Stephen Harper
2 min

Dawning of Day 15: that ’70s talking point

It’s Day 15 of the campaign and Stephen Harper is taking the day off, likely starting his debate prep. Michael Ignatieff is in Toronto; Jack Layton is in Saskatoon and La Ronge, Saskatchewan.

Harper had the first campaign rally of the evening in Kitchener, where he delivered what was basically a mashup of his usual rally speech and the highlights of his platform-launch speech from earlier that morning. Yes, it included his reference to this election being a fork in the road; he said it's "like deciding to go forward or to make a U-turn.” (Never mind that it’s an inappropriate economic comparison.) And just for a bit of spice, he attacked Liberal candidate John Reilly’s comments on sentencing for sexual assaults. (Heaven forbid there would be such a thing as judicial discretion.)

At a pub in Markham, Ignatieff was hosting a meet and greet with local candidate Lui Temelkovski. He gave a pretty standard stump speech and then wished a happy birthday to Bruce Campion-Smith of the Toronto Star (and once again, happy birthday, Bruce!)

Jack Layton held a town hall in Kamloops, BC. There was no feed available, so I have no idea what was said. Judging from past NDP events, take an “Ottawa is broken” or two, add in a “Canadian leadership” and a couple of “only New Democrats can defeat Conservatives,” followed by “you can’t trust Stephen Harper” and “you can’t trust Michael Ignatieff,” and you should get the gist.

As has been said, the Conservatives have been able to shave a year off the elimination of the deficit at some point between the March budget and yesterday’s platform release. Analyses of the costing discrepancies between the Conservative budget and platform are apparently a bunch of hypotheticals. Magic thinking, everyone! But aside from that, they seem to be overly generous with the numbers being claimed in “efficiencies” and cuts; a strategic review found nowhere near the amounts they’re apparently banking on. This kind of talk should also have the public service very nervous about its future.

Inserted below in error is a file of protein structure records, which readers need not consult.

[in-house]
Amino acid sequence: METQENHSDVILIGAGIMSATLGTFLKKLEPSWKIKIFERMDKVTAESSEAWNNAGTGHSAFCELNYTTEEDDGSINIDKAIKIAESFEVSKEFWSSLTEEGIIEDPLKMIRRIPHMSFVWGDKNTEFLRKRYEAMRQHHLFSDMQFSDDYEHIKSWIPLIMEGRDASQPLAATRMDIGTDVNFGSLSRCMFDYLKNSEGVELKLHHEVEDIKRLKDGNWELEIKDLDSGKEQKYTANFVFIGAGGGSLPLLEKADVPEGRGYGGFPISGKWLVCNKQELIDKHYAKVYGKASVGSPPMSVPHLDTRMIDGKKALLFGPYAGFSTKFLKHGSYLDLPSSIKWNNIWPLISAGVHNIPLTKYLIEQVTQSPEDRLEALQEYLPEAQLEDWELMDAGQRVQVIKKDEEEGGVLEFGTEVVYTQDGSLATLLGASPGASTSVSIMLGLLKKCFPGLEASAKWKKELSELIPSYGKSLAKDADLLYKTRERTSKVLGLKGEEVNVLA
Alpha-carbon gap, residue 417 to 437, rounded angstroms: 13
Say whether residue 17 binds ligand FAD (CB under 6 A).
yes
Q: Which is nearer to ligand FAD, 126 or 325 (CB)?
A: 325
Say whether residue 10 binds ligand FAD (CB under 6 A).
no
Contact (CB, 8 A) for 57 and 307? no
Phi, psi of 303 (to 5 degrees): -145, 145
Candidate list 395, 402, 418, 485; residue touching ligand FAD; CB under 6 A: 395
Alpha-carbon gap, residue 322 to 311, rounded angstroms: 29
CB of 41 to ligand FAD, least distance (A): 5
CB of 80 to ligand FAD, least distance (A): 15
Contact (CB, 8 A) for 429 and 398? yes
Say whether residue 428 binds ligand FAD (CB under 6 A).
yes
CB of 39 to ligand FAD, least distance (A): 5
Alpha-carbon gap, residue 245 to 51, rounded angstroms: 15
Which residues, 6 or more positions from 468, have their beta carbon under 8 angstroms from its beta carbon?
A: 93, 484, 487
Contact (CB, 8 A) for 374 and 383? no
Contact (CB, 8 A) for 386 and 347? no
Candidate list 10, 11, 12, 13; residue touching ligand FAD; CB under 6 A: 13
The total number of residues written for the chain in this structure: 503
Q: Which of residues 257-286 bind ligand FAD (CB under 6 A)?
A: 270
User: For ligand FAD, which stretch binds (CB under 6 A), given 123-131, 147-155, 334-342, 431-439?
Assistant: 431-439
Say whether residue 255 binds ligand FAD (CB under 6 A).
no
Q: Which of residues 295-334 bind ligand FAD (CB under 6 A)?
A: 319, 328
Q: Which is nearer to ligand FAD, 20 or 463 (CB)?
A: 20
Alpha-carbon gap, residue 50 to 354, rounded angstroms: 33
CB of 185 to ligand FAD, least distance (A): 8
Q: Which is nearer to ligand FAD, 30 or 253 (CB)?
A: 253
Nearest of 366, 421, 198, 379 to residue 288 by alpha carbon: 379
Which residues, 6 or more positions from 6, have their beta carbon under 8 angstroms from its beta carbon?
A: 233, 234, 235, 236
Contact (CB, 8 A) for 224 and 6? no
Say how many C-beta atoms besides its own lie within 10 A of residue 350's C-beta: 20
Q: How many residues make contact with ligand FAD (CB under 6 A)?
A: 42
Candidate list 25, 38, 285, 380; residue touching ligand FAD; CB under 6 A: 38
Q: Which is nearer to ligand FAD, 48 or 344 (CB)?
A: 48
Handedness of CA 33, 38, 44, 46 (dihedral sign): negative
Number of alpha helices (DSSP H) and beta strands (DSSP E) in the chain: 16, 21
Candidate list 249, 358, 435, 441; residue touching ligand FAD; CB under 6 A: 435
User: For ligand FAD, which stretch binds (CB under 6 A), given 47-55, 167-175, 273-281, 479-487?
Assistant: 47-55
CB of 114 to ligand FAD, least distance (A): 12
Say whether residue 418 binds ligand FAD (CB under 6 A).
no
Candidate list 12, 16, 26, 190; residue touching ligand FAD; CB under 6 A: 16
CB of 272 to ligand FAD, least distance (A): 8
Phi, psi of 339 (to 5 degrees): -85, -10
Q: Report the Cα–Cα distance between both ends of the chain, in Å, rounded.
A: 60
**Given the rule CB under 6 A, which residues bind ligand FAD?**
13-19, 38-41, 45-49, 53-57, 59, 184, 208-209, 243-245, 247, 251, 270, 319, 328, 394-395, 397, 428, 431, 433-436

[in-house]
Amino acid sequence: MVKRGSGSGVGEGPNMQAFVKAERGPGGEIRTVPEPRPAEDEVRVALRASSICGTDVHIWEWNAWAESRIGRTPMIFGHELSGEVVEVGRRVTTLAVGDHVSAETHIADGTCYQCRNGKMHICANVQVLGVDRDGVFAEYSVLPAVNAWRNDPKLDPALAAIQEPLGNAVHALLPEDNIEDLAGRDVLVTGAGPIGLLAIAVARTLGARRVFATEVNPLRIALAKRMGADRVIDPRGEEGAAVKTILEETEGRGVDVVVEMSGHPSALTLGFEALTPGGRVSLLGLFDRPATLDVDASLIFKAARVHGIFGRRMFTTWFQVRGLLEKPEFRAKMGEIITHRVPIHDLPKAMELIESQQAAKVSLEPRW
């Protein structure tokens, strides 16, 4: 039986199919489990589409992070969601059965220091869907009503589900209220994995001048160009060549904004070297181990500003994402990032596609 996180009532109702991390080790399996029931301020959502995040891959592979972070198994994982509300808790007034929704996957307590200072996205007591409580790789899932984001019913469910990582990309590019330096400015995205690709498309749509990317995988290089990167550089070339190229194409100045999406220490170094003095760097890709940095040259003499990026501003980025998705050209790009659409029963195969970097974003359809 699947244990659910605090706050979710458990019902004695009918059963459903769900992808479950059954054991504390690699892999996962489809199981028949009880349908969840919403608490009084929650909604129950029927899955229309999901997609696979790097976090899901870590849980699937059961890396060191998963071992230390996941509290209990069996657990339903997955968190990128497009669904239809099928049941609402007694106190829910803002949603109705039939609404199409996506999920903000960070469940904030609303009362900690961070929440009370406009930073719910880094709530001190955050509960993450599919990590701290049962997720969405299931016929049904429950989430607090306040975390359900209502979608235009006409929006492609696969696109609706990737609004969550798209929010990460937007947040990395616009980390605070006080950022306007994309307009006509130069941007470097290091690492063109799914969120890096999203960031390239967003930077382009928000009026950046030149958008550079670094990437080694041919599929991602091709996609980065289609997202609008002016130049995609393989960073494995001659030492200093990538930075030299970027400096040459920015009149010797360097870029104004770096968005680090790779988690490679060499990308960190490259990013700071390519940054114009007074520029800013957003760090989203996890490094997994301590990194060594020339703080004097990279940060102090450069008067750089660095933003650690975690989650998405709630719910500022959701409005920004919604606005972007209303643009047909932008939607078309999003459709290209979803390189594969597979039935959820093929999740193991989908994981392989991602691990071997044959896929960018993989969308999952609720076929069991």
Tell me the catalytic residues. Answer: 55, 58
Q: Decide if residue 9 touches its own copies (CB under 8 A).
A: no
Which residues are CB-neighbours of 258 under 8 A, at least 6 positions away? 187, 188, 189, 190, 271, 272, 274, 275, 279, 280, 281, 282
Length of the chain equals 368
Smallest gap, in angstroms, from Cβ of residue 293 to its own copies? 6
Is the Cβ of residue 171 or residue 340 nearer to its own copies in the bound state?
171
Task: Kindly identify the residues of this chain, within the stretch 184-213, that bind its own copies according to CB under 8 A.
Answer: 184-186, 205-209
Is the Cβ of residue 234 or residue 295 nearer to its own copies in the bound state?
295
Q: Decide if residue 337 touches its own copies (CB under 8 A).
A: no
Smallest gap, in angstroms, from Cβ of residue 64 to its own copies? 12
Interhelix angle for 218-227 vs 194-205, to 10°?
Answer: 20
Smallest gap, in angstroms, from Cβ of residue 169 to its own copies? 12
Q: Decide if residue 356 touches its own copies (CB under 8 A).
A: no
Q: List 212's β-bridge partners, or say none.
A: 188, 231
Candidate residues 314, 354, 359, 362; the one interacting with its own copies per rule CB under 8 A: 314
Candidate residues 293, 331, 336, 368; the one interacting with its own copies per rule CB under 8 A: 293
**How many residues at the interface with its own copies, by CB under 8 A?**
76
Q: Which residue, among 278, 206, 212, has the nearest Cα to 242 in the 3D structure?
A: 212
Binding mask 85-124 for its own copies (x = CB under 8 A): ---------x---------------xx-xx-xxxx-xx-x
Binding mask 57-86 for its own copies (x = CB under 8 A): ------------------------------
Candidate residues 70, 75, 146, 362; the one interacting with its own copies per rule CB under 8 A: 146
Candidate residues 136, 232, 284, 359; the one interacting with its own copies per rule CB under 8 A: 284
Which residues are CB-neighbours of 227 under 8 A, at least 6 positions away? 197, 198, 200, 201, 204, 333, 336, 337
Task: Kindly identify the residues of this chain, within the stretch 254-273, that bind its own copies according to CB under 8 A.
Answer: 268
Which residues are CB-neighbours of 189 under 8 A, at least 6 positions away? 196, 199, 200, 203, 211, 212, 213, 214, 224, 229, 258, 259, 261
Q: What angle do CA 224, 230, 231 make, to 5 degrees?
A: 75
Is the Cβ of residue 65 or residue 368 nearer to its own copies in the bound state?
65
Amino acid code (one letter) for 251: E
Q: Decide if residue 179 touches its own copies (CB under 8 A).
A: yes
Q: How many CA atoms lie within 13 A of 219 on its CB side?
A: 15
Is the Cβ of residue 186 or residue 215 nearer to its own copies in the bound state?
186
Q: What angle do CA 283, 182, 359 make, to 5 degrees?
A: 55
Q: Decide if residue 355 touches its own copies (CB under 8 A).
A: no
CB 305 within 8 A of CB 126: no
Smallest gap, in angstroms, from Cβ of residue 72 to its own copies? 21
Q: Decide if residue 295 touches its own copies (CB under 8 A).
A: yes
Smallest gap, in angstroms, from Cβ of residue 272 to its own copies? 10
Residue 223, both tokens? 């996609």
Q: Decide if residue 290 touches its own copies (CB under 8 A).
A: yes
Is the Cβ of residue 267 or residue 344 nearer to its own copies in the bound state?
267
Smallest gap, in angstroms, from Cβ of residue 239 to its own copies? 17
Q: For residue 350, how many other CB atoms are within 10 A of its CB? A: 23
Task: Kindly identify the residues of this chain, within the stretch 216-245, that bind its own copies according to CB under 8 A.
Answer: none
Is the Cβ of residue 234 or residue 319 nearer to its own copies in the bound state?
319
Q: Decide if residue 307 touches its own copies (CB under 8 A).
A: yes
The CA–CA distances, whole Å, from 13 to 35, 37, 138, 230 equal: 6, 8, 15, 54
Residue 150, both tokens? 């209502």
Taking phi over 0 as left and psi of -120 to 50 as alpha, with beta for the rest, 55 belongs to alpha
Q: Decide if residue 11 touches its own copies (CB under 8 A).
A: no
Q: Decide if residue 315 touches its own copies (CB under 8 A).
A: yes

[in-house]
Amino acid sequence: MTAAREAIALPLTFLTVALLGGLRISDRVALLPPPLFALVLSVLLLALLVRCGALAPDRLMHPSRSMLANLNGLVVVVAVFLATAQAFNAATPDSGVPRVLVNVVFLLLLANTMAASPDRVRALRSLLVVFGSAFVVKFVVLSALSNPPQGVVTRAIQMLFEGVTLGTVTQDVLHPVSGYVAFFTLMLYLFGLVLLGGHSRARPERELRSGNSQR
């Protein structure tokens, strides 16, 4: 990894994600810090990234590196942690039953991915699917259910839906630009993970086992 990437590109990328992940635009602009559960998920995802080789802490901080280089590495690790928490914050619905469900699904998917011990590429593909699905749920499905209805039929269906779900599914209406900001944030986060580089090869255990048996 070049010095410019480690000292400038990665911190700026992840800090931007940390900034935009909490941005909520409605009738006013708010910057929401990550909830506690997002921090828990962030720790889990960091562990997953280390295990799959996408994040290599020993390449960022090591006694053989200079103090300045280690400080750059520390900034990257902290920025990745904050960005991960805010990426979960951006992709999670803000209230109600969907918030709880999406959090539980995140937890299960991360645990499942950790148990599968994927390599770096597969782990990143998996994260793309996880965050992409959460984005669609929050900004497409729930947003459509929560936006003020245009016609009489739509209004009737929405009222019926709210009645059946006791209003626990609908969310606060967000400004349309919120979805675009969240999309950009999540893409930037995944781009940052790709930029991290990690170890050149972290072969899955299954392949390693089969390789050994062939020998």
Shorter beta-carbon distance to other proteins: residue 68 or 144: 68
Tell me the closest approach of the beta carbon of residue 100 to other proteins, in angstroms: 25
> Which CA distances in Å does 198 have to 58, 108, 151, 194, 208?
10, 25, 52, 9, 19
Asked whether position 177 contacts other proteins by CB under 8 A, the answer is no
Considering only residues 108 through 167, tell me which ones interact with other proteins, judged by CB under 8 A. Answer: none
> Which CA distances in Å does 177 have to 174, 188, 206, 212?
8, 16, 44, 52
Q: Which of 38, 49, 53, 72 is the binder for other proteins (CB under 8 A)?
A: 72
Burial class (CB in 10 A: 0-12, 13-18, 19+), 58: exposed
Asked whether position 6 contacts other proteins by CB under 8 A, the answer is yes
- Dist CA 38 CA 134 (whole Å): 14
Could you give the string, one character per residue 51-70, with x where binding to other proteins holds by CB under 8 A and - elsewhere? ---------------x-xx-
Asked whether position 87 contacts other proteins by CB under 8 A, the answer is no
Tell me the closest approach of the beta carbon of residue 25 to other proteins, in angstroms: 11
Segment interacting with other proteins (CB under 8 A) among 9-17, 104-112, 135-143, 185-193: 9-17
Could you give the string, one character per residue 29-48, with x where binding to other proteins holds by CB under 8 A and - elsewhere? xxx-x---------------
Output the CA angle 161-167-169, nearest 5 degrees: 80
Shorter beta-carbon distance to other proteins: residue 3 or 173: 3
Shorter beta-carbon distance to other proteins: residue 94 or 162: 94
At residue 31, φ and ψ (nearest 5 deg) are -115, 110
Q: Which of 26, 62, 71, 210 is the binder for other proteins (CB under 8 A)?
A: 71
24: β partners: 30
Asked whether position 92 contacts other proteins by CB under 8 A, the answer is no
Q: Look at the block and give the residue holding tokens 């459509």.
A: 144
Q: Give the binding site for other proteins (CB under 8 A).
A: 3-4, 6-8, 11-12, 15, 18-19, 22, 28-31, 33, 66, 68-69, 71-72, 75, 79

Speaking of magic thinking, Harper says that he has it in writing that Canada will be exempted from the spiralling costs of the F-35 fighters. Really!

In case you missed it yesterday, all the party leaders committed to keep the increase of health-funding transfers at six percent annually – err, at least until 2014. Michael Ignatieff got the ball rolling and the other leaders were all forced to follow. The CBC also notes some rather deliberate vagueness in the budget about post-2014 funding commitments on the part of the Conservatives.

The CBC looks at five similar planks in the three party platforms (or announcements for the NDP; their platform won’t be released until Sunday). The Liberals and NDP come out on top in every one of the five promises, but to varying degrees.

And in a stunning bit of hypocrisy, Harper is getting a Bollywood star to endorse him – even though said star is not a Canadian citizen and can’t vote here. All of this comes after Harper has been attacking Michael Ignatieff for not being Canadian enough. Seriously.
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